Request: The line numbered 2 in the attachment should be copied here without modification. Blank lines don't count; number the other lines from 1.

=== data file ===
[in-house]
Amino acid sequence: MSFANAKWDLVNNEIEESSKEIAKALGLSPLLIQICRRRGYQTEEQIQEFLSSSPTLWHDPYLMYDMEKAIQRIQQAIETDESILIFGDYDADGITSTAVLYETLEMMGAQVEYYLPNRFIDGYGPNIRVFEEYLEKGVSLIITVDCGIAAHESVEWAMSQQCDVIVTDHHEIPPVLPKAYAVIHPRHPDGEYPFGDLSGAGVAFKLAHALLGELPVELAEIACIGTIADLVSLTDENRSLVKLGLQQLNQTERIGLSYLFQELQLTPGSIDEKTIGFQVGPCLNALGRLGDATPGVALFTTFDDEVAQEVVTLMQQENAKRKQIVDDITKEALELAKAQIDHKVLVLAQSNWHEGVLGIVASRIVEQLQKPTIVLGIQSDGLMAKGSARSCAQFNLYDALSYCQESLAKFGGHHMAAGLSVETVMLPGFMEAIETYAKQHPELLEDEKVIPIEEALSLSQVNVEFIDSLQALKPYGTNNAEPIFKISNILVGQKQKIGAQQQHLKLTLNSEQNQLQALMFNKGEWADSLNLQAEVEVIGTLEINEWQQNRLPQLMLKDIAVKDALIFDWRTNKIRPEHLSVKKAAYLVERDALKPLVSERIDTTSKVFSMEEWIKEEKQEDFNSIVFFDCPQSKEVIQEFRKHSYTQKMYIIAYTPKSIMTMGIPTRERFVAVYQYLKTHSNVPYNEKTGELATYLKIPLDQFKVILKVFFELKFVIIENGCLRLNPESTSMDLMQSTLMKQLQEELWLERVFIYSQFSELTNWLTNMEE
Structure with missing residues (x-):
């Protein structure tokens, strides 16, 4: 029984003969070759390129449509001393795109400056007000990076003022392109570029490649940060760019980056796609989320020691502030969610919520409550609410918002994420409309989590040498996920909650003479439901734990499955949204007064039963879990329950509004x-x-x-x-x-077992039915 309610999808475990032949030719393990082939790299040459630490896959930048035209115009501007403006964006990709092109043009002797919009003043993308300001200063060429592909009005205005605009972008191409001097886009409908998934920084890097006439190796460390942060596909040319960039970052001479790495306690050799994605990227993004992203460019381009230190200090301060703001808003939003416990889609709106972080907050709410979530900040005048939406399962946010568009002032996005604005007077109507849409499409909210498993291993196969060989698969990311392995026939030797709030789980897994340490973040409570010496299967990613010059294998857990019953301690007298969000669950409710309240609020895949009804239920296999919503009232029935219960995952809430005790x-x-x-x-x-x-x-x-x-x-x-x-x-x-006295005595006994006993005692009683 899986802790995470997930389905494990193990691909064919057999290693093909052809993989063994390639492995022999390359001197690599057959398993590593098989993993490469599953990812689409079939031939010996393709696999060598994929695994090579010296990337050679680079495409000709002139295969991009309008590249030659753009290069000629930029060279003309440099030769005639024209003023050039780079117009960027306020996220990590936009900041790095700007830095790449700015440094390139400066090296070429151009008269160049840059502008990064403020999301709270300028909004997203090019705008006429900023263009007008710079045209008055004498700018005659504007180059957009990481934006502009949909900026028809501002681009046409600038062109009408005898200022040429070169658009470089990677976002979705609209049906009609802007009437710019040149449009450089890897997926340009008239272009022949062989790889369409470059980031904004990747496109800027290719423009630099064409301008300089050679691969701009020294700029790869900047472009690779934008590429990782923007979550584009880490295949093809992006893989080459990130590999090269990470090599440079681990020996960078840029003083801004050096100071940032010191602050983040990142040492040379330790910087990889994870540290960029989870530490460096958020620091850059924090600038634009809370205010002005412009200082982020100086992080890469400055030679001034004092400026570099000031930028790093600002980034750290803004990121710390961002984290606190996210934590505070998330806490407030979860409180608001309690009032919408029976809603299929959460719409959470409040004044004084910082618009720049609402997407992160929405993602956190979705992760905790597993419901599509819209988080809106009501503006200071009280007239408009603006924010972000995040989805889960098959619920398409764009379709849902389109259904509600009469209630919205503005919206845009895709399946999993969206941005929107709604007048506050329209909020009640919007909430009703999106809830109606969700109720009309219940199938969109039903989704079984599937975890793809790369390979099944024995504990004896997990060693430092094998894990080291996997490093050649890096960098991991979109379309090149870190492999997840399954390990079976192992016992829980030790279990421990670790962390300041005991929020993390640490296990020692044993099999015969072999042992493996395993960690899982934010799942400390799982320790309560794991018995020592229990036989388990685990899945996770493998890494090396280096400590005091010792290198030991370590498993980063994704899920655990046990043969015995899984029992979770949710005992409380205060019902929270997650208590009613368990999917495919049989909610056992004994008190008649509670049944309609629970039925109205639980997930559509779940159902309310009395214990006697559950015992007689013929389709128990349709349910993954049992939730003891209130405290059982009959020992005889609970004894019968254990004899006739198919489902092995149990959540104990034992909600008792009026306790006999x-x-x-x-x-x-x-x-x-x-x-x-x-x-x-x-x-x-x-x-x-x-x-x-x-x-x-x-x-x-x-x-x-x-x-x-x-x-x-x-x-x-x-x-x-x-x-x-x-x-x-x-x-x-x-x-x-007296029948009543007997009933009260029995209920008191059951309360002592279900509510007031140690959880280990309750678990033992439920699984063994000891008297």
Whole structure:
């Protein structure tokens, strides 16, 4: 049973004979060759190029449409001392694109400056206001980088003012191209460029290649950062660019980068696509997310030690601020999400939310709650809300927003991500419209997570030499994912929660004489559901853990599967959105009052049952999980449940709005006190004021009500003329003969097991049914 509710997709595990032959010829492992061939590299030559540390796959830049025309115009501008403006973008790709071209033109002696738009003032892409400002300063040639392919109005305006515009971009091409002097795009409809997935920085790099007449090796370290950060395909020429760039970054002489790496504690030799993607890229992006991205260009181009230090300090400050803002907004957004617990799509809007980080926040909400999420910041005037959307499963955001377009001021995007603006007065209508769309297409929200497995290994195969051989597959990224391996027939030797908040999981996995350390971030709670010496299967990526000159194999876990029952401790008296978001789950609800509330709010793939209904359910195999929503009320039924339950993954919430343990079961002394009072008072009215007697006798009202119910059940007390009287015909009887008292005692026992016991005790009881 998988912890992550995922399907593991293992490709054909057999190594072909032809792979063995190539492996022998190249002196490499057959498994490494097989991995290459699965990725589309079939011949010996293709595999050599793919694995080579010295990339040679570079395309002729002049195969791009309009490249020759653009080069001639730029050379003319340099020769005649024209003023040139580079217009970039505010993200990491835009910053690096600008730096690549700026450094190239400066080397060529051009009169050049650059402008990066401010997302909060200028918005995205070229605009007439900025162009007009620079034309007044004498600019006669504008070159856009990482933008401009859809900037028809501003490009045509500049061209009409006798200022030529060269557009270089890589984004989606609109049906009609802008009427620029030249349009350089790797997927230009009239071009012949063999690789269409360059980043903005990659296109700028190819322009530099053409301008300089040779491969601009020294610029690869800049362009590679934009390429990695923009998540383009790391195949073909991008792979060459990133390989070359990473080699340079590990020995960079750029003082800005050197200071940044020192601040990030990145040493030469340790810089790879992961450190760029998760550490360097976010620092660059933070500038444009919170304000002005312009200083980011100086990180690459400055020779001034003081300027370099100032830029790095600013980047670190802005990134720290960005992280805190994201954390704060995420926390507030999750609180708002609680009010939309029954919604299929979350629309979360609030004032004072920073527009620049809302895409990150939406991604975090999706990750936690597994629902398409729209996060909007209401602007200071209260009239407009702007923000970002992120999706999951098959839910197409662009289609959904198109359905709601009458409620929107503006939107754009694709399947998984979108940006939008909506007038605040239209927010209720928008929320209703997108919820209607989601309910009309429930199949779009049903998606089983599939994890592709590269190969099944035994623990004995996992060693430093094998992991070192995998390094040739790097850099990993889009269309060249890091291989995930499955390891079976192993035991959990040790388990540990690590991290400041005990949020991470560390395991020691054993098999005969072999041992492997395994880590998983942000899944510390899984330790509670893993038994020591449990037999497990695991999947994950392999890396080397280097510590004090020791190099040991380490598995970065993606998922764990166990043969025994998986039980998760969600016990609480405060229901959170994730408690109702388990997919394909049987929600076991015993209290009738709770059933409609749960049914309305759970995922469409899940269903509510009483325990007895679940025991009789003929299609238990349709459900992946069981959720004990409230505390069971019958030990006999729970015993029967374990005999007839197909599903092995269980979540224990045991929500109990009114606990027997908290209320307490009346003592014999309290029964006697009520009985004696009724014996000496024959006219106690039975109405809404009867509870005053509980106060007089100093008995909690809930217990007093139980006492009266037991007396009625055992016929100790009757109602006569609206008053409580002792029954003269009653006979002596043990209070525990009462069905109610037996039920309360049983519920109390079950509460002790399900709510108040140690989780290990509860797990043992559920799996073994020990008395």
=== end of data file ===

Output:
Amino acid sequence: MSFANAKWDLVNNEIEESSKEIAKALGLSPLLIQICRRRGYQTEEQIQEFLSSSPTLWHDPYLMYDMEKAIQRIQQAIETDESILIFGDYDADGITSTAVLYETLEMMGAQVEYYLPNRFIDGYGPNIRVFEEYLEKGVSLIITVDCGIAAHESVEWAMSQQCDVIVTDHHEIPPVLPKAYAVIHPRHPDGEYPFGDLSGAGVAFKLAHALLGELPVELAEIACIGTIADLVSLTDENRSLVKLGLQQLNQTERIGLSYLFQELQLTPGSIDEKTIGFQVGPCLNALGRLGDATPGVALFTTFDDEVAQEVVTLMQQENAKRKQIVDDITKEALELAKAQIDHKVLVLAQSNWHEGVLGIVASRIVEQLQKPTIVLGIQSDGLMAKGSARSCAQFNLYDALSYCQESLAKFGGHHMAAGLSVETVMLPGFMEAIETYAKQHPELLEDEKVIPIEEALSLSQVNVEFIDSLQALKPYGTNNAEPIFKISNILVGQKQKIGAQQQHLKLTLNSEQNQLQALMFNKGEWADSLNLQAEVEVIGTLEINEWQQNRLPQLMLKDIAVKDALIFDWRTNKIRPEHLSVKKAAYLVERDALKPLVSERIDTTSKVFSMEEWIKEEKQEDFNSIVFFDCPQSKEVIQEFRKHSYTQKMYIIAYTPKSIMTMGIPTRERFVAVYQYLKTHSNVPYNEKTGELATYLKIPLDQFKVILKVFFELKFVIIENGCLRLNPESTSMDLMQSTLMKQLQEELWLERVFIYSQFSELTNWLTNMEE